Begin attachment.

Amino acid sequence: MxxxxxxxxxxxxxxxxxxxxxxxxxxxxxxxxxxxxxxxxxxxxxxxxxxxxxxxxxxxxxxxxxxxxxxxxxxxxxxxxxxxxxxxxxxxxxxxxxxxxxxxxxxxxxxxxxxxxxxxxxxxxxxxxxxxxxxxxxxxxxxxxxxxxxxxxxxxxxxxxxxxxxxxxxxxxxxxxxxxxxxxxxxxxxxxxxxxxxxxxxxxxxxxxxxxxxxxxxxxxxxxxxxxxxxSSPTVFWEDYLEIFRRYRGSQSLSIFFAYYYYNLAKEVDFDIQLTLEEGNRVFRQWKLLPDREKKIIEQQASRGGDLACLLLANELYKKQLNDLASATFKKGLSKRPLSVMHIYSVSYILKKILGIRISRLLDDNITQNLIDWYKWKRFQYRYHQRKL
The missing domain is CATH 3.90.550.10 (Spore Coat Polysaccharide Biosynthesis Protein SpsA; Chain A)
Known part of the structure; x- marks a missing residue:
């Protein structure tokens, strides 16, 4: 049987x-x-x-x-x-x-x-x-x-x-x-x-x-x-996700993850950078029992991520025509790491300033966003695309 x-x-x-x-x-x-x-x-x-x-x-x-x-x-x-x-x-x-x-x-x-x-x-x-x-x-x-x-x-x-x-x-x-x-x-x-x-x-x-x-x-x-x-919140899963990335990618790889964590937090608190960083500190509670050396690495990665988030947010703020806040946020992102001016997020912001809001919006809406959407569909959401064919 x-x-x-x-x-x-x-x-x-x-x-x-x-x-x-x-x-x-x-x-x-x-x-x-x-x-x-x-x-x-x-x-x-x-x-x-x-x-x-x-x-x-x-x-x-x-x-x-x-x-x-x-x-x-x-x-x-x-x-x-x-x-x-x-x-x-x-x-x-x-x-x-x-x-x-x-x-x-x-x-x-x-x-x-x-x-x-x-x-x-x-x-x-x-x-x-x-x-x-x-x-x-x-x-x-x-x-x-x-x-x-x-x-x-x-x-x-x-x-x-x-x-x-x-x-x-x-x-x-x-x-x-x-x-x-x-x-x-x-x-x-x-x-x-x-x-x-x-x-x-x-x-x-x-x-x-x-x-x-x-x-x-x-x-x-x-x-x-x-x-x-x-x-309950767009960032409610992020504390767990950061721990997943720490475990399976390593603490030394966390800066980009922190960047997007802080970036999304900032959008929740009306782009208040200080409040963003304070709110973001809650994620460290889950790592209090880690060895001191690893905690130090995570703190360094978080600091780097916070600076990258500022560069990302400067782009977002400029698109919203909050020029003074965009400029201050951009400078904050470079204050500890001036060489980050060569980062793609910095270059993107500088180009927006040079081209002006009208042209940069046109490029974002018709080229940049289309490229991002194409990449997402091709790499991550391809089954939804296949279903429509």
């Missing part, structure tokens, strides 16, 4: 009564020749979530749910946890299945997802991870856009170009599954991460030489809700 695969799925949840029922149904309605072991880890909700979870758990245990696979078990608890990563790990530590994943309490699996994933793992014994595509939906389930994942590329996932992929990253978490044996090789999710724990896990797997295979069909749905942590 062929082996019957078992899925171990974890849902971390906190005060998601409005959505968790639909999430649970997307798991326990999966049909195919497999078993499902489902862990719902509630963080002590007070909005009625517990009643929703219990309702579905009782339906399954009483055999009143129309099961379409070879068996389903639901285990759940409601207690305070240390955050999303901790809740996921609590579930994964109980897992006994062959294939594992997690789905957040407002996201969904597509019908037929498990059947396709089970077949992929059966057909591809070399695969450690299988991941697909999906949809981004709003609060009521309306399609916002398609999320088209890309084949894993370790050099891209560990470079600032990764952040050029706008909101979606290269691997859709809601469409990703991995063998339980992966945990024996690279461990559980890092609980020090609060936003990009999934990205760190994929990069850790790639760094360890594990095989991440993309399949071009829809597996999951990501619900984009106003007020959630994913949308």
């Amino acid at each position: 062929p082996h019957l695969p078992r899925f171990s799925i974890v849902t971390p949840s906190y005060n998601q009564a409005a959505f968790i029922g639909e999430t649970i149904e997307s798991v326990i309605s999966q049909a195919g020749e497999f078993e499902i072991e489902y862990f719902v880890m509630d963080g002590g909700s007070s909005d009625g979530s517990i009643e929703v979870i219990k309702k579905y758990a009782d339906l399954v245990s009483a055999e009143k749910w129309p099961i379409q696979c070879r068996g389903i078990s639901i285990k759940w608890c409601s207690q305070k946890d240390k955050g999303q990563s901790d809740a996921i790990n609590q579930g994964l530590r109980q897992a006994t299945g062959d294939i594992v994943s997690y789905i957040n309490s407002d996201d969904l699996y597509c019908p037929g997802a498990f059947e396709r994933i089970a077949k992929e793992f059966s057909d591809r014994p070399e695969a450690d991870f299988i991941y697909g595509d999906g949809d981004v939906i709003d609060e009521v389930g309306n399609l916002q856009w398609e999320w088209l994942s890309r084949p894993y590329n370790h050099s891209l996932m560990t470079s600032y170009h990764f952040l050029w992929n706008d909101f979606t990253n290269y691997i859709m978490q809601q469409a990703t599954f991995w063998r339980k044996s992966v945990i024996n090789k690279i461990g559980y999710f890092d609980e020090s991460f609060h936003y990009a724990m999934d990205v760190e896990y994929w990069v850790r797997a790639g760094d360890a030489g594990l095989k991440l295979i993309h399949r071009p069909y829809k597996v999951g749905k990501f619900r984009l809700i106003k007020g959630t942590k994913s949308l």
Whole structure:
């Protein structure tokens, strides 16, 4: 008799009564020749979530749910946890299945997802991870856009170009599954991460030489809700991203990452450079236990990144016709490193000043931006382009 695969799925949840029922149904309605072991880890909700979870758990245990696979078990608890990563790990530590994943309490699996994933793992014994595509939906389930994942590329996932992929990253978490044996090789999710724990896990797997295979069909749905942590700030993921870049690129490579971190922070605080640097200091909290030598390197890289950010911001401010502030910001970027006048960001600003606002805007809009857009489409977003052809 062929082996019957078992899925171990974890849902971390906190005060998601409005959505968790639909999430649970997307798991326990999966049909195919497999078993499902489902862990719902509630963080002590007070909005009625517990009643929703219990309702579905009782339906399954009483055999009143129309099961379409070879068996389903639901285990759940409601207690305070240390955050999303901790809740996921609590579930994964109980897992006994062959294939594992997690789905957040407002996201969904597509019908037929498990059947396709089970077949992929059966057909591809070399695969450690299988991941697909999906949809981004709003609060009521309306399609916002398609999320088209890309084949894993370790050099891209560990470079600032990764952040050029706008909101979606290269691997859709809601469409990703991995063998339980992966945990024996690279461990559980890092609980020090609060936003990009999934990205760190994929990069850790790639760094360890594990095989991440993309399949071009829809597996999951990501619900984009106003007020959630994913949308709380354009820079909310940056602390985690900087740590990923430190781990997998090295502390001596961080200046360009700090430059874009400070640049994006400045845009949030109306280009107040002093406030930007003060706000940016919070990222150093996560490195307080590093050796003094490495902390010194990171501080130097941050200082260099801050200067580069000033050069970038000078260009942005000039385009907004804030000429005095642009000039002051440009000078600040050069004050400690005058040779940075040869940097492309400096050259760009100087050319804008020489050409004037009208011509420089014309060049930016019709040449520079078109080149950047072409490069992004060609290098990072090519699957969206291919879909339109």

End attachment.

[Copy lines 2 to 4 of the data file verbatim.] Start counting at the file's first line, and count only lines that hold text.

The missing domain is CATH 3.90.550.10 (Spore Coat Polysaccharide Biosynthesis Protein SpsA; Chain A)
Known part of the structure; x- marks a missing residue:
């Protein structure tokens, strides 16, 4: 049987x-x-x-x-x-x-x-x-x-x-x-x-x-x-996700993850950078029992991520025509790491300033966003695309 x-x-x-x-x-x-x-x-x-x-x-x-x-x-x-x-x-x-x-x-x-x-x-x-x-x-x-x-x-x-x-x-x-x-x-x-x-x-x-x-x-x-x-919140899963990335990618790889964590937090608190960083500190509670050396690495990665988030947010703020806040946020992102001016997020912001809001919006809406959407569909959401064919 x-x-x-x-x-x-x-x-x-x-x-x-x-x-x-x-x-x-x-x-x-x-x-x-x-x-x-x-x-x-x-x-x-x-x-x-x-x-x-x-x-x-x-x-x-x-x-x-x-x-x-x-x-x-x-x-x-x-x-x-x-x-x-x-x-x-x-x-x-x-x-x-x-x-x-x-x-x-x-x-x-x-x-x-x-x-x-x-x-x-x-x-x-x-x-x-x-x-x-x-x-x-x-x-x-x-x-x-x-x-x-x-x-x-x-x-x-x-x-x-x-x-x-x-x-x-x-x-x-x-x-x-x-x-x-x-x-x-x-x-x-x-x-x-x-x-x-x-x-x-x-x-x-x-x-x-x-x-x-x-x-x-x-x-x-x-x-x-x-x-x-x-x-309950767009960032409610992020504390767990950061721990997943720490475990399976390593603490030394966390800066980009922190960047997007802080970036999304900032959008929740009306782009208040200080409040963003304070709110973001809650994620460290889950790592209090880690060895001191690893905690130090995570703190360094978080600091780097916070600076990258500022560069990302400067782009977002400029698109919203909050020029003074965009400029201050951009400078904050470079204050500890001036060489980050060569980062793609910095270059993107500088180009927006040079081209002006009208042209940069046109490029974002018709080229940049289309490229991002194409990449997402091709790499991550391809089954939804296949279903429509």